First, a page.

Idly, he opened the map on his Holocaster. According to the topographical map of the region, and his best guess to where he was, Josh figured they were near one of the smaller lakes that fed into Lake Serenity, still chilled by the melt from the mountains. The waters further south, in the lake proper would probably be much more pleasant to swim in.

He poured some extra food for Steenee, then set out a second bowl. He pressed the button on the blue Pokeball, and Surskit appeared in a flash. It looked around, obviously confused, and Josh poured some of the food into the bowl.

“I have a favor to ask you. I need to find something, and I figured you were the best bet I have.” He said, immediately feeling silly. The Surskit only looked more confused, proceeding to inspect the bowl’s contents and then eating noisily.

Josh sighed. When did he start thinking it would be a good idea to try to have a conversation with a Pokemon? Just the thought caused him to flush in embarrassment and he tried to focus on cooking the fish to divert his attention.

Encounter 4

“Broo?” A now familiar voice said, as the helmed Pokemon stepped into the camp. Instead of coming from the trees, it climbed up from the ledge below the camp. Several rocks were sent tumbling below, rolling into the water with a splash.

Surskit watched the new Pokemon arrive, then went back to eating. It didn’t seem to care about the visitor, and Josh watched it warily.

“Broo!” It said, reaching out for the fish with a green claw. Josh used the wooden rod he’d been using to stir the meat to push back the Pokemon’s appendage.

“Hey, that’s not for you.” He said warningly.

The Pokemon tilted its head, as if processing what he’d said. It started to reach out again, and again, Josh stopped it.

“Broo!” It declared, stomping its feet. Its green claw scratched at the exposed surface of the rock, gouging out a furrow in the solid stone. Josh’s eyebrows raised as he noticed this, and he sighed.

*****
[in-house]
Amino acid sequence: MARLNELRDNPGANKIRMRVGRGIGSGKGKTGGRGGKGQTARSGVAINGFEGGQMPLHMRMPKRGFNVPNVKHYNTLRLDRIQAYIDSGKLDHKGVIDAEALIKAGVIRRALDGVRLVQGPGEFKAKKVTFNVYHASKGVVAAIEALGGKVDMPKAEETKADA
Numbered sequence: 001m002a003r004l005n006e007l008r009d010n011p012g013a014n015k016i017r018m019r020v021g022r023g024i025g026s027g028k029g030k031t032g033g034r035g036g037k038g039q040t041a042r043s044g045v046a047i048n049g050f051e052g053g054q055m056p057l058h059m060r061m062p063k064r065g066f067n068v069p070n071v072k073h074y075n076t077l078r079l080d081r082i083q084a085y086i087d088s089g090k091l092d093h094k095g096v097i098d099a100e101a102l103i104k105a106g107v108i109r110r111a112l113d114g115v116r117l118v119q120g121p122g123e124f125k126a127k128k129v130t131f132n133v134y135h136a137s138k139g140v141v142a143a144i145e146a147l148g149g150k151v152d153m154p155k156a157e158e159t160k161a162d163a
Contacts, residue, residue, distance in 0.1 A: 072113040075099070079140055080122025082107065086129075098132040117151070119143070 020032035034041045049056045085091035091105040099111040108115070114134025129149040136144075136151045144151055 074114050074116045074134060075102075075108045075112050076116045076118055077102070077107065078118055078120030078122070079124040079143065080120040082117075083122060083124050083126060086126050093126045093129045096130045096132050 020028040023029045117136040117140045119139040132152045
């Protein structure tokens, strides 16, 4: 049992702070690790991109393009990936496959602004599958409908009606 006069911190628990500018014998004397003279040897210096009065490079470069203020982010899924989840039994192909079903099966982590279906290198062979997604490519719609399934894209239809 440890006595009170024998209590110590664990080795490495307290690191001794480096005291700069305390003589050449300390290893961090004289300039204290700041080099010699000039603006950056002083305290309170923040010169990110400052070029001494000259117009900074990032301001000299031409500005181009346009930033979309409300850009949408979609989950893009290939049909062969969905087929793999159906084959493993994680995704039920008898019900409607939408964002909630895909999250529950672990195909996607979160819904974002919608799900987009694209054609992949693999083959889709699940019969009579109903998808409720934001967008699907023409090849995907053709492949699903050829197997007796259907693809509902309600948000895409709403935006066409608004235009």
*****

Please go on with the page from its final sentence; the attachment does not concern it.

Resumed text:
“Here, take this then.” He said, tossing one of the long strips he’d set to smoke. It wasn’t completely cured, but he doubted that mattered to a wild Pokemon. The coppery helmed Pokemon let out another hollow bark, scooping up the fish and walking a bit outside the camp to enjoy its meal.

Josh sighed again, checking the fish meat and groaning. Some of it had burned while he’d been dealing with the visitor, and he picked out the blackened pieces, picking at them and gnawing as much of the unburned flesh as he could. That done, he mixed in a can of lentils and let the mixture heat up from the heat of the pan as he pulled it off the flames.

With all parties eating, the camp was comfortably quiet. Josh found he was growing less bothered by the company of the various Pokemon. He briefly tried to imagine what it would feel like to actually pursue the Trainer Initiative, but thoughts of the windmill kept plaguing his thoughts. Could he do both?

Just because he was a Trainer didn’t mean he had to give up his studies.

Did it?

He shook his head, causing Steenee to look up at him. He patted her head to let her know it was alright, and he turned to look at the new Pokemon.

“What’s with the following me?” He asked it. It met his gaze, but then returned to the fish. From the noises it was making, it seemed to be really enjoying the food. Maybe it was some sort of carnivore? Josh decided it wasn’t worth putting too much thought into it.

When the food had been eaten, Josh heated up some water and used it to clean himself, then Steenee. She objected at first, but was soon trying to wrap herself in the steamy warmth of the towel. When she was finally clean, he let her keep the wash cloth wrapped about herself.

“Roo-oo!” The helmed Pokemon said, standing. It started to walk away, then stopped. It looked back at Josh, its feet shifting. When he didn’t react, it walked back to the camp, standing close to him.

It let him get some feeling for just how massive the Pokemon was. It had to stand almost twice his height, if you counted the weird crest sprouting from the helm like head. The eyes stared into his pointedly, and he stood.

“Broo!” The Pokemon declared, nudging him so hard he nearly fell over.

Throwing his hands up in surrender, Josh recalled Steenee and Surskit, made sure the fire was extinguished and his bag was packed. By this point, the Pokemon was getting visibly impatient, so Josh started following it.

Otherwise, it probably wasn’t going to leave him alone.

“You know I have work to do right? I can’t exactly play right now.” He tried to argue, but the Pokemon started pushing him along the path. Josh gave in, having seen herding Growlithe that were less insistent.

Word Count: 978
Edit Reason: Mixed up Xtranciever and Holocaster
Edited by Chaos_1x, 10 Jul 2018, 11:07 AM.
Josh Warden • Historian • Total EXP Gained: 87 • Dians: 9472 • Location: Skytouch

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By the time they’d set off, the Pokemon had been growing increasingly agitated. If it got too far ahead of Josh, it would stop, claws nervously scratching at the ground until he caught up.